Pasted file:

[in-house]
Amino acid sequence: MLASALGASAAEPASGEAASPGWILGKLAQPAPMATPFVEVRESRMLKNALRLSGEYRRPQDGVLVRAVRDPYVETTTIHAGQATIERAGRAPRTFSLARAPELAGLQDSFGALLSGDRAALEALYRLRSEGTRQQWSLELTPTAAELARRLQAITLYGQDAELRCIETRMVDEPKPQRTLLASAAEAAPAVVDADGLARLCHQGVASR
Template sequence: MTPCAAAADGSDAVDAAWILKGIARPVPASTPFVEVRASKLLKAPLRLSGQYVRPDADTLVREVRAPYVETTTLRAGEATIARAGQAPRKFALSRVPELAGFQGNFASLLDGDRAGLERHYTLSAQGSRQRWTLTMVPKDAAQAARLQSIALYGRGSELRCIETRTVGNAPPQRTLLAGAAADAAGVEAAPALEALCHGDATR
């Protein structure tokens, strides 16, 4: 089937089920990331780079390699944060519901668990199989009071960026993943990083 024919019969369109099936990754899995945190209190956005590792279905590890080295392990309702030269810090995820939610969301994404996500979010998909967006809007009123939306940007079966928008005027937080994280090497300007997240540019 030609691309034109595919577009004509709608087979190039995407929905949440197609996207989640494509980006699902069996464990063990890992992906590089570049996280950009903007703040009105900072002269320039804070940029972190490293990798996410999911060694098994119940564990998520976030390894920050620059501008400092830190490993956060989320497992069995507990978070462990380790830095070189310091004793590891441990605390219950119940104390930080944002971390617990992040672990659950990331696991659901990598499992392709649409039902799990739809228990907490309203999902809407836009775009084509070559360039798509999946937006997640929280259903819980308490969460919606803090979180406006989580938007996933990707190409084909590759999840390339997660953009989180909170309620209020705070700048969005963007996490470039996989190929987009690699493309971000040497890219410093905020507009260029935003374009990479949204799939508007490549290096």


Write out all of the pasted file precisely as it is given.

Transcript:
[in-house]
Amino acid sequence: MLASALGASAAEPASGEAASPGWILGKLAQPAPMATPFVEVRESRMLKNALRLSGEYRRPQDGVLVRAVRDPYVETTTIHAGQATIERAGRAPRTFSLARAPELAGLQDSFGALLSGDRAALEALYRLRSEGTRQQWSLELTPTAAELARRLQAITLYGQDAELRCIETRMVDEPKPQRTLLASAAEAAPAVVDADGLARLCHQGVASR
Template sequence: MTPCAAAADGSDAVDAAWILKGIARPVPASTPFVEVRASKLLKAPLRLSGQYVRPDADTLVREVRAPYVETTTLRAGEATIARAGQAPRKFALSRVPELAGFQGNFASLLDGDRAGLERHYTLSAQGSRQRWTLTMVPKDAAQAARLQSIALYGRGSELRCIETRTVGNAPPQRTLLAGAAADAAGVEAAPALEALCHGDATR
């Protein structure tokens, strides 16, 4: 089937089920990331780079390699944060519901668990199989009071960026993943990083 024919019969369109099936990754899995945190209190956005590792279905590890080295392990309702030269810090995820939610969301994404996500979010998909967006809007009123939306940007079966928008005027937080994280090497300007997240540019 030609691309034109595919577009004509709608087979190039995407929905949440197609996207989640494509980006699902069996464990063990890992992906590089570049996280950009903007703040009105900072002269320039804070940029972190490293990798996410999911060694098994119940564990998520976030390894920050620059501008400092830190490993956060989320497992069995507990978070462990380790830095070189310091004793590891441990605390219950119940104390930080944002971390617990992040672990659950990331696991659901990598499992392709649409039902799990739809228990907490309203999902809407836009775009084509070559360039798509999946937006997640929280259903819980308490969460919606803090979180406006989580938007996933990707190409084909590759999840390339997660953009989180909170309620209020705070700048969005963007996490470039996989190929987009690699493309971000040497890219410093905020507009260029935003374009990479949204799939508007490549290096």